ALERT Mobilit y
effects of exercise
by William A. Anthony, PhD
Over 50 years ago, when I was a young child, my
Uncle Charles died from a very progressive case
of MS. His brother (my father) later told me that
Charles was advised never to exercise as that would
worsen his MS and hasten its downward course.
In contrast, when my own increasingly troubling
neurological symptoms were officially diagnosed
as MS, I enrolled in my hometown Y in Reading, Mass., with the blessing of my health-care
team, and I soon became a regular participant in
strength training and aerobic exercise.
However, I still had a burning question. Was
this new thinking about exercise based on actual
research, or was it just well-meaning advice,
like the kind my Uncle Charles unfortunately
Some professional background
I direct a research and training center at Boston
University that has a grant from the National
Institute on Disability and Rehabilitation Research
to systematically review and disseminate research
The formal research
Anthony and colleagues Gidugu, Rogers, Maru,
Mizock and Farkas performed a systematic
review of the effects of exercise and physical
activity on psychosocial outcomes and quality
of life outcomes for individuals with multiple
sclerosis, under the auspices of a grant funded
by the National Institute on Disability and
Rehabilitation Research (Grant #H133A05006).
They examined the literature for the period
1996–2011. Technical assistance was provided
by the National MS Society and Dr. Charles
Bombardier at the MS Rehabilitation Research
and Training Center at University of Washington.
Does exercise have a proven positive
impact on mood or emotions in
people with MS? The author has
personal and professional reasons to
examine the evidence.
findings on topics of interest to people with
various disabilities and their respective advocacy
organizations. One of these, suggested by the
National Multiple Sclerosis Society, was a review
of the science behind the assertions of people with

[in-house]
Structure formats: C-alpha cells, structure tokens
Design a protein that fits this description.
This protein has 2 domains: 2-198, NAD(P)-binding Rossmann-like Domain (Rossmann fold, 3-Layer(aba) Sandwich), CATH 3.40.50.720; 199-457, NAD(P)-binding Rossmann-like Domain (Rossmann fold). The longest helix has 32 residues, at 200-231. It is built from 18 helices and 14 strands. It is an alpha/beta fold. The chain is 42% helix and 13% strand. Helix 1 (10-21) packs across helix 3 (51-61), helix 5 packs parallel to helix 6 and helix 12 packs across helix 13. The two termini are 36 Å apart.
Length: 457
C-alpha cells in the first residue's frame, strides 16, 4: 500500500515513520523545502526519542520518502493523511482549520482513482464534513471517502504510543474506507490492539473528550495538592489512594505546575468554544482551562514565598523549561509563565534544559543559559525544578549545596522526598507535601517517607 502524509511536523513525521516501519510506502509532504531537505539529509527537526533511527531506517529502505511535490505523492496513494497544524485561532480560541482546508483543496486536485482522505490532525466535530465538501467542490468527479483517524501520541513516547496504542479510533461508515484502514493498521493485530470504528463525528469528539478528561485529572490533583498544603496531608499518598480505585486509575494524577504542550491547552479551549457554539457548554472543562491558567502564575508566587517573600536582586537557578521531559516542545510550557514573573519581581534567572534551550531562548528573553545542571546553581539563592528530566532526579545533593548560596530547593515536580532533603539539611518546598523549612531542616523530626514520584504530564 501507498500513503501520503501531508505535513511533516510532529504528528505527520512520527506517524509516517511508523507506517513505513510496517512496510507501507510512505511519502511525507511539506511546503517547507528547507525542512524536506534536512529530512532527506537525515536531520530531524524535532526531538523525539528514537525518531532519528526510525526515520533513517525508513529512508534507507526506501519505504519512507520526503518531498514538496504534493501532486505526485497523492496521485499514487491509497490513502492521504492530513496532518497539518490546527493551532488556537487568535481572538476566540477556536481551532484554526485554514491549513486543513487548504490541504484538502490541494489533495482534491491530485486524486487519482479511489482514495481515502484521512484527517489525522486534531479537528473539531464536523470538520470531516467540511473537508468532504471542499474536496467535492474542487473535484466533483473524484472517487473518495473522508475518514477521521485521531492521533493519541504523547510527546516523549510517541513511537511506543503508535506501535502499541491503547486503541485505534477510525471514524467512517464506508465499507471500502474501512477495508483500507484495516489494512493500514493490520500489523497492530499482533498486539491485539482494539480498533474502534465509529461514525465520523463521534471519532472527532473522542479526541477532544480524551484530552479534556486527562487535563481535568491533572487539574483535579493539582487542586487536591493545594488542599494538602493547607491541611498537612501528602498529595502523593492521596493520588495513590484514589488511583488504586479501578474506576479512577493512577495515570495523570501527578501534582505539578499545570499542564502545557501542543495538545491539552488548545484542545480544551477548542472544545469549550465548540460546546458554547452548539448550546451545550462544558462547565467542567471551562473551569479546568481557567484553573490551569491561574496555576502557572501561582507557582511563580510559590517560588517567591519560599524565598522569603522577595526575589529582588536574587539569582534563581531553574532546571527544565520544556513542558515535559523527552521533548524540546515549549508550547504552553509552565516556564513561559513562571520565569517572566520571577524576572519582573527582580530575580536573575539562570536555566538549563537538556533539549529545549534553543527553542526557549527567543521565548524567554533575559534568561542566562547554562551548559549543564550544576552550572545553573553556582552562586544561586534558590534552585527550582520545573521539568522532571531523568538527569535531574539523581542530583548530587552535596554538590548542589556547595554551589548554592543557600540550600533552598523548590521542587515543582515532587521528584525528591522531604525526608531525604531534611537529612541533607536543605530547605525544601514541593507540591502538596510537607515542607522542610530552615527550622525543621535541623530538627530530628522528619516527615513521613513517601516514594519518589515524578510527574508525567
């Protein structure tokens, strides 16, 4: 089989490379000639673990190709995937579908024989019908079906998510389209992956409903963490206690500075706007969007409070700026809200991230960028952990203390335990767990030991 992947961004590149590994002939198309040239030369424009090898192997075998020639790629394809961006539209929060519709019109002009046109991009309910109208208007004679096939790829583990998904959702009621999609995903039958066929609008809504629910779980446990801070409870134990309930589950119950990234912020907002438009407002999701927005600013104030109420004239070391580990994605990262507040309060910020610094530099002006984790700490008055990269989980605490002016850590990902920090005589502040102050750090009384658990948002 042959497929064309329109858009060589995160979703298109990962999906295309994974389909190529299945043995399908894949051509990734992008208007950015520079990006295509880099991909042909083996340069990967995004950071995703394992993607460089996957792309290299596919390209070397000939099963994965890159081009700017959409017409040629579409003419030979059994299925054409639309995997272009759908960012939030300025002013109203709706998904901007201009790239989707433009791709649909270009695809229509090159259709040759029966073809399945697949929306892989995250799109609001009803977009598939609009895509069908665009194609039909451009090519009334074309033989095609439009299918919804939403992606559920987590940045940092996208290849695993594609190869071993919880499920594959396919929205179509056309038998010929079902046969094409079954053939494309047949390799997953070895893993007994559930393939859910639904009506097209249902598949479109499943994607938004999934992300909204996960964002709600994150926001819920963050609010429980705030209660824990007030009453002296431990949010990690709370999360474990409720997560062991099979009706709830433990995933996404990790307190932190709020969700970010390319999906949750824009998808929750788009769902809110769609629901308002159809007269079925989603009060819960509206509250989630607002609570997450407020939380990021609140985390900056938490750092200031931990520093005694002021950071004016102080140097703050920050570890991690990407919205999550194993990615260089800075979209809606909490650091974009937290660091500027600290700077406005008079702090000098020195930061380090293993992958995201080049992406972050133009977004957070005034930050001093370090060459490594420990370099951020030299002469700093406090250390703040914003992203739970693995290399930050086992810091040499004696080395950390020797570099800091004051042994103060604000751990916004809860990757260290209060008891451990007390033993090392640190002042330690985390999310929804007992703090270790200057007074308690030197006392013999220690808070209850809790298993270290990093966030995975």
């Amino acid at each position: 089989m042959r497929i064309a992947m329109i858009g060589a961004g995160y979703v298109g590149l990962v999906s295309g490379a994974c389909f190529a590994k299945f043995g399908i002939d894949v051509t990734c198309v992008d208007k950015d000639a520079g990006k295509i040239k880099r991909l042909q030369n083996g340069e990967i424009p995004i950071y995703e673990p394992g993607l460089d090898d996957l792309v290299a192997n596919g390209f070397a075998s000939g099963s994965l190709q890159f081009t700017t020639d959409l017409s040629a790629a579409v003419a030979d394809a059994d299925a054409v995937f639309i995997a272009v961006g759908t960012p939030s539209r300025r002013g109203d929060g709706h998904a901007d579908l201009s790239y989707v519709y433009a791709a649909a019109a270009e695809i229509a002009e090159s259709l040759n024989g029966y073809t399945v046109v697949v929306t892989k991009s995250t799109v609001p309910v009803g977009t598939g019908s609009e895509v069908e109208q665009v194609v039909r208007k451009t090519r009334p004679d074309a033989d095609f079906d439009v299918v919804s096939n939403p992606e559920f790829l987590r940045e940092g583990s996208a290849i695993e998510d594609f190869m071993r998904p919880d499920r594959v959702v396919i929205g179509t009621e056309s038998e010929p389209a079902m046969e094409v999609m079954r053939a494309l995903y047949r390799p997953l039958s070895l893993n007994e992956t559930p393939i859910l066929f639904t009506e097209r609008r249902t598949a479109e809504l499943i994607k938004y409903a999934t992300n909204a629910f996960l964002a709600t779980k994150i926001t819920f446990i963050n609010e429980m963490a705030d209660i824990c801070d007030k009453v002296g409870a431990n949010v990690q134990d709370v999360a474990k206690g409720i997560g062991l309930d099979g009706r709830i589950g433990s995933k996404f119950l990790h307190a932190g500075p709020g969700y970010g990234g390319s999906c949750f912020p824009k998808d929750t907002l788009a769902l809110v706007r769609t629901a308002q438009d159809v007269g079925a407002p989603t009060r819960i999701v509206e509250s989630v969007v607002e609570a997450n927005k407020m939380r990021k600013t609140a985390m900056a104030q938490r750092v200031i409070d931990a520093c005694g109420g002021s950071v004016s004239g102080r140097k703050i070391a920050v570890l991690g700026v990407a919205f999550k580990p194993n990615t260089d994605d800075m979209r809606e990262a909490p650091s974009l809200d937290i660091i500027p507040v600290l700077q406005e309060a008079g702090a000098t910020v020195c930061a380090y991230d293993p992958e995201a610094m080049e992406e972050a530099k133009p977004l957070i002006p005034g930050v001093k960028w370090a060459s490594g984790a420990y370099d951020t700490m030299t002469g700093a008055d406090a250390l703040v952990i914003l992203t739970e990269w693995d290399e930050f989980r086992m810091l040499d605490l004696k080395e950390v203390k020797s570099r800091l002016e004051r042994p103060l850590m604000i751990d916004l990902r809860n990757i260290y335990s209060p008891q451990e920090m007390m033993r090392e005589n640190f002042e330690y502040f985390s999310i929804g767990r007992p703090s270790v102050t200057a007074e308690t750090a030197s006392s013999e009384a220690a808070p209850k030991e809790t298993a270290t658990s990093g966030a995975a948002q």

MS (including myself) that exercise was helping
us psychologically as well as physically.
So what does the research show?
Our reviews show that exercise interventions for
people with mild to moderate MS can positively
affect mood and quality of life. (See “The formal
research.”) We folks with MS are very like our
non-disabled peers. But in some ways we are different, especially with respect to exercise barriers.
Psychological benefits that I see personally
I am a 68-year-old male with secondary progressive MS, and I have been exercising because it is
an initiative I can take to gain some control over
this unpredictable, inexorably progressive disease
of mine. Over time I may be losing the battle
physically in certain areas, but I still feel I’m in
charge when it comes to exercising. Exercise is one
of the things I can do, as opposed to many things
that are done to me.
I often trade stories with a “Y friend” about our
mutual commitment to exercise. Susan Broussard,
age 59, was diagnosed with relapsing-remitting
MS 12 years ago. I had noticed that she was using
a cane at the Y and I suspected she might have
MS. Once we discovered we were both members
of “the MS community,” we began a routine of
checking in on how each of us is doing. I asked
Susan to comment on exercise in her life.